Bob Dole, a man of war, power, fuss and denied ambition


WASHINGTON (AP) – Bob Dole forced himself to walk after crippling war wounds, ran for Congress with a damaged right arm to shake hands, and rose through the Senate ranks to a longtime Republican leader and tough and tireless advocate of his party.

He embodied the tenacious determination to be successful.

But Dole, who died on Sunday at the age of 98, was best known for his brief periods.

He was the runner-up for President Gerald Ford’s loss to Watergate, and he himself sought the presidency three times. He came closest in his final race, securing the 1996 Republican nomination only to be run over by President Bill Clinton’s re-election machine.

Dole later said he had come to appreciate both defeats and victories: “They are part of the same picture – the picture of a fulfilled life.”

A Kansas representative in Congress for nearly 36 years, Dole was known on Capitol Hill as a shrewd, pragmatic lawmaker who was trusted to negotiate compromises across party lines. He exerted a tremendous influence on tax policy, agriculture and food programs, and the rights of the disabled.

Colleagues also admired his dry wit. Dole wasn’t a great speaker; he found himself most comfortable communicating through a series of tongues and pointed sides.

However, these qualities were seldom shown to advantage on the national political stage.

Early on, the Democrats called him the GOP’s “ax man,” and Dole seemed born to play that role. His voice was rough, his face petrified, his speech flat, even when he was joking. He could come across as persistent, bitter, or just plain mean when hitting political opponents.

On each presidential mission, Dole tried again and again to soften his public figure. He could never do it – at least not until he was out of politics for good.

Just three days after his last race ended in defeat, Dole split from comedian David Letterman on late night TV.

Letterman greeted him with a cheeky “Bob, what have you been up to lately?”

“Apparently not enough,” replied Dole with a grin.

The freshman Dole parodied himself on Saturday Night Live, wrote two collections of political humor and shot a surprising commercial for the anti-impotence drug Viagra at a time when sexual problems were not so openly discussed.

Dole later said that people kept coming up to him to tell him they would have voted for him in 1996 if only he had been so free and fun in his presidential campaign. But he believed that voters preferred seriousness and restraint in their politicians.

“You have to be very careful with humor,” he said. “It has to be self-deprecating or it can be fatal, fatal, just cutting into someone else out there, and I’ve kind of learned that over the years.”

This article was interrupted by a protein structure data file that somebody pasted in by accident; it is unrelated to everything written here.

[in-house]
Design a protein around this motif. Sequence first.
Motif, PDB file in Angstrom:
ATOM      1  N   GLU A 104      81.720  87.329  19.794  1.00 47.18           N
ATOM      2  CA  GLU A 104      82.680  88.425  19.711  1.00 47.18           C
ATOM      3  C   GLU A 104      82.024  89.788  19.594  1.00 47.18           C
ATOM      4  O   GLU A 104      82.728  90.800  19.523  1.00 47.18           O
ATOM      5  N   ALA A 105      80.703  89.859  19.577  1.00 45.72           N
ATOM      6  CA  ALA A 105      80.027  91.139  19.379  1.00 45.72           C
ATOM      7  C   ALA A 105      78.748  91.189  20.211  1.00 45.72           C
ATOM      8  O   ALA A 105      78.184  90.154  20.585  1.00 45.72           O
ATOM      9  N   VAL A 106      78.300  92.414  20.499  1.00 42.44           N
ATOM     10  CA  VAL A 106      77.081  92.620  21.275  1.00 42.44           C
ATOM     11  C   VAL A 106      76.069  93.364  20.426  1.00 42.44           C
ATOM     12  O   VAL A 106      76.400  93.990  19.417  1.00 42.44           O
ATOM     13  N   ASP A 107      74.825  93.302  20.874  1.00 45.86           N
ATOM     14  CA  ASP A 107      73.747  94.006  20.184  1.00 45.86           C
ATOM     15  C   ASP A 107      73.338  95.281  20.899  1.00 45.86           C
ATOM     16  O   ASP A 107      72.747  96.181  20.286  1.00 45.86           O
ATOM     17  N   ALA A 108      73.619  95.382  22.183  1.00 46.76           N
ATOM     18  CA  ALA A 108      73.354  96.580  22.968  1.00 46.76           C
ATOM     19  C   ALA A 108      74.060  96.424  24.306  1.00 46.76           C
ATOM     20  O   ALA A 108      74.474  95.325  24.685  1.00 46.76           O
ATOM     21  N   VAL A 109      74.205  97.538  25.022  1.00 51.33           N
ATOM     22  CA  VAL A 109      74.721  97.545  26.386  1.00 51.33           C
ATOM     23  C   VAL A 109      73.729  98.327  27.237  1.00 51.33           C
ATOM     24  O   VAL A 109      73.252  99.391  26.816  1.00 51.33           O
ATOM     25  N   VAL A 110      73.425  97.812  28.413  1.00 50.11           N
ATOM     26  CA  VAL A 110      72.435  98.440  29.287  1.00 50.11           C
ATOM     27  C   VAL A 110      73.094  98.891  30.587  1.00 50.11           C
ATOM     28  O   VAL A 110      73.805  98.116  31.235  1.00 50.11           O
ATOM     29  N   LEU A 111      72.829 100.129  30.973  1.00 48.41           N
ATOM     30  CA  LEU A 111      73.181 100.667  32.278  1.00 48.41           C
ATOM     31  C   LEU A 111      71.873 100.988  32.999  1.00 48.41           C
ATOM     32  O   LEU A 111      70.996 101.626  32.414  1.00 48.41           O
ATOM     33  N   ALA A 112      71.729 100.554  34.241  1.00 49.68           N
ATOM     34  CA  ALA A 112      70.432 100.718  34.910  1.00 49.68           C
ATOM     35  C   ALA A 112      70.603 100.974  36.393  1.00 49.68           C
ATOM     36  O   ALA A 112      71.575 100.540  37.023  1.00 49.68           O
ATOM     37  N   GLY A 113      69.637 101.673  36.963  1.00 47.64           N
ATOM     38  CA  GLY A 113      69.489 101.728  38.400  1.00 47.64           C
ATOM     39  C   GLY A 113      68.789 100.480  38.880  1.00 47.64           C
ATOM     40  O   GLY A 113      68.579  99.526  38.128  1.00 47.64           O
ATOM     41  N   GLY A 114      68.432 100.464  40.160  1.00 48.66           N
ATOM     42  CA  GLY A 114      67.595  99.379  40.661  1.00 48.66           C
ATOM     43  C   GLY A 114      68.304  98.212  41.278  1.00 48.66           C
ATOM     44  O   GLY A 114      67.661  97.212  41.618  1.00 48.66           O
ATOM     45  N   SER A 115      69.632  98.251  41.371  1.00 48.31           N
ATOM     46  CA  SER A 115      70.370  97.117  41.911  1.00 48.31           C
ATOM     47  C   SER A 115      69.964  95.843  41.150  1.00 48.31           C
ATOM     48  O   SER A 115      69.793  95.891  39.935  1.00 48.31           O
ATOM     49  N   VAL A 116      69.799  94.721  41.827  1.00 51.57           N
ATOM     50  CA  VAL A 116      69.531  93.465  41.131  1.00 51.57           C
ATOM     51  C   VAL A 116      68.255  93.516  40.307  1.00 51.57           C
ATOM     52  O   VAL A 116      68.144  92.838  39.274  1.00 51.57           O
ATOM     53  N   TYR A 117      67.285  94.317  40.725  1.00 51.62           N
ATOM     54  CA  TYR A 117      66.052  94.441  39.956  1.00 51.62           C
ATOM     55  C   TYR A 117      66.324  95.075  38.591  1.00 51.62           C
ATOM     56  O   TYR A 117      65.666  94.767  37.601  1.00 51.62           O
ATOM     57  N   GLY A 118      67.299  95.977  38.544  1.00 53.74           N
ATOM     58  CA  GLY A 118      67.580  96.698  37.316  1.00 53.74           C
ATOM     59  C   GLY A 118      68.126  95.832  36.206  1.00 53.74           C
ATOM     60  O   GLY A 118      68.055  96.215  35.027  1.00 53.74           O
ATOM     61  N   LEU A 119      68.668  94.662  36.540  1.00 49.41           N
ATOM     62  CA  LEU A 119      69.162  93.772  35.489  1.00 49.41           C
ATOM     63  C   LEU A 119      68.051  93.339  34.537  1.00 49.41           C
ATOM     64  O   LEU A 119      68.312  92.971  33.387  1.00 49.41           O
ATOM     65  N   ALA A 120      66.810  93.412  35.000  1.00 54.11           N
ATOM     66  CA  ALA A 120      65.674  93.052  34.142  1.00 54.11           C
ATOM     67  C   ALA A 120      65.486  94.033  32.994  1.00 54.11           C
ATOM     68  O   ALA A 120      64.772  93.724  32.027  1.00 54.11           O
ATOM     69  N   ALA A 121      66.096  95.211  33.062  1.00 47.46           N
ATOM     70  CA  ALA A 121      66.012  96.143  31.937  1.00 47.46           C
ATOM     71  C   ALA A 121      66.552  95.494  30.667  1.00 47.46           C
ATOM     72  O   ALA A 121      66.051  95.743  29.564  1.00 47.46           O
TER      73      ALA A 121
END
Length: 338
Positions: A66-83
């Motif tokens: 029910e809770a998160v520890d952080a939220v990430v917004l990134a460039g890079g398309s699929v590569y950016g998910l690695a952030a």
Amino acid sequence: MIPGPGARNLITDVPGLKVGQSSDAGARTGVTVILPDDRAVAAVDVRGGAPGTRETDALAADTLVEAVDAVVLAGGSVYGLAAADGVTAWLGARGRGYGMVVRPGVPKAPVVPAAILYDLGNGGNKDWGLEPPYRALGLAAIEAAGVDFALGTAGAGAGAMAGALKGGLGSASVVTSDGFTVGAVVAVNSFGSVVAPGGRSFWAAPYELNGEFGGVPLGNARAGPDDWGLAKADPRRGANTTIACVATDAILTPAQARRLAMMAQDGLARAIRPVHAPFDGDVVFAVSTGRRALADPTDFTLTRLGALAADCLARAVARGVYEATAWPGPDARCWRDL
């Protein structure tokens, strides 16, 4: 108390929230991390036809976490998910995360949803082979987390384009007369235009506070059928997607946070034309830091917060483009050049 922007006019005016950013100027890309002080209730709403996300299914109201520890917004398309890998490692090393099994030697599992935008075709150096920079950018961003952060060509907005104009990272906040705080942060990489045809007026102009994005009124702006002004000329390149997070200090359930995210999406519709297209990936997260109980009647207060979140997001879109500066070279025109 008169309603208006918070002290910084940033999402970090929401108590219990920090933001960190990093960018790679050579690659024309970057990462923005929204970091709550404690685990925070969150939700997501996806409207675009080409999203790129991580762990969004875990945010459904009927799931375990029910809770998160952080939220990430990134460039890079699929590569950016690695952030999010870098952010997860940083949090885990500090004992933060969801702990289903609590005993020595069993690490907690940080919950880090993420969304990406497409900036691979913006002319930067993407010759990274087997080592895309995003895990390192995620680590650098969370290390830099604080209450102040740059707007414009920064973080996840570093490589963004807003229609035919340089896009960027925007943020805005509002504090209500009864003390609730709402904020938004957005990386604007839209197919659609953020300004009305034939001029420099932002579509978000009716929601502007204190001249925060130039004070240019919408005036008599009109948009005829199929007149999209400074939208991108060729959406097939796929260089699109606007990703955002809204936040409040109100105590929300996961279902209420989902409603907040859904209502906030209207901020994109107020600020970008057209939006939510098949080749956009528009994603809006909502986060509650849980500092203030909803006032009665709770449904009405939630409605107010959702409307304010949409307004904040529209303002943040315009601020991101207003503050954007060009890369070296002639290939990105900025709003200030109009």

Outside of office, Dole continued to be committed to helping disabled veterans and honoring the fallen. He was a driving force behind the construction of the World War II Memorial on the National Mall. In his 90s, Dole still turned up regularly on Saturdays to greet veterans at the memorial.

In September 2017, Congress awarded Dole its highest recognition for outstanding service to the nation, a gold medal from Congress. In 2019, it promoted him from army captain to colonel.

His February 2021 announcement that he was having lung cancer in the 4th President Joe Biden visited Dole’s home in the famous Watergate complex shortly after Dole was seriously diagnosed; The White House said they were close friends.

Dole was born July 22, 1923 in Russell, Kansas, a small agricultural and oil community. His father ran a cream and egg business and sold bootleg whiskey during Prohibition. The family of six struggled through the Depression and Dust Bowl. They were so broke that they moved into their basement and rented out the rest of the house.

In 1943, Dole, a six-foot Kansas University basketball player who dreamed of becoming a doctor, went to war.

Army 2nd Lt. Dole led an attack on a German machine gun nest in Italy when enemy fire ripped through his spine and right arm. He nearly died and spent three years undergoing multiple surgeries and painful physical therapy.

Dole had to learn to walk, bathe, and write again, this time with a clumsy left hand scribble.

He could never regain his right hand and arm, or the feeling in his left thumb and forefinger, which made it difficult to button a shirt or cut his flesh. Still, Dole earned a law degree from Washburn University in Topeka, Kansas in 1952.